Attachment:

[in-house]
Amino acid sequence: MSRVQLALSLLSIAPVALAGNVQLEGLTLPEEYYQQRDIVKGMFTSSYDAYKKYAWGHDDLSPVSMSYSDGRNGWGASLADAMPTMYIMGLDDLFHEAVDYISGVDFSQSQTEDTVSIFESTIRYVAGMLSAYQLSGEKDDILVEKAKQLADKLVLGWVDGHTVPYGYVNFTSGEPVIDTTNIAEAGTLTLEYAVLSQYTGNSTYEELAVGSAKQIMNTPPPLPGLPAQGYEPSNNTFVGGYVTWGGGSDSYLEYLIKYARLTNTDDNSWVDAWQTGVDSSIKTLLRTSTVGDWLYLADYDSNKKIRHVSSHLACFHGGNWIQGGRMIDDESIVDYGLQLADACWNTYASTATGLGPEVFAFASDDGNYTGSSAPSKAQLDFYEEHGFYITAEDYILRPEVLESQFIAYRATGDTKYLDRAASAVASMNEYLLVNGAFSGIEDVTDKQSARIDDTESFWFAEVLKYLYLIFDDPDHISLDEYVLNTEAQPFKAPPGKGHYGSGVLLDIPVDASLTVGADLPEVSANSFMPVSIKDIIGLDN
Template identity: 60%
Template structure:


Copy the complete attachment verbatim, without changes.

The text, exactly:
[in-house]
Amino acid sequence: MSRVQLALSLLSIAPVALAGNVQLEGLTLPEEYYQQRDIVKGMFTSSYDAYKKYAWGHDDLSPVSMSYSDGRNGWGASLADAMPTMYIMGLDDLFHEAVDYISGVDFSQSQTEDTVSIFESTIRYVAGMLSAYQLSGEKDDILVEKAKQLADKLVLGWVDGHTVPYGYVNFTSGEPVIDTTNIAEAGTLTLEYAVLSQYTGNSTYEELAVGSAKQIMNTPPPLPGLPAQGYEPSNNTFVGGYVTWGGGSDSYLEYLIKYARLTNTDDNSWVDAWQTGVDSSIKTLLRTSTVGDWLYLADYDSNKKIRHVSSHLACFHGGNWIQGGRMIDDESIVDYGLQLADACWNTYASTATGLGPEVFAFASDDGNYTGSSAPSKAQLDFYEEHGFYITAEDYILRPEVLESQFIAYRATGDTKYLDRAASAVASMNEYLLVNGAFSGIEDVTDKQSARIDDTESFWFAEVLKYLYLIFDDPDHISLDEYVLNTEAQPFKAPPGKGHYGSGVLLDIPVDASLTVGADLPEVSANSFMPVSIKDIIGLDN
Template identity: 60%
Template structure: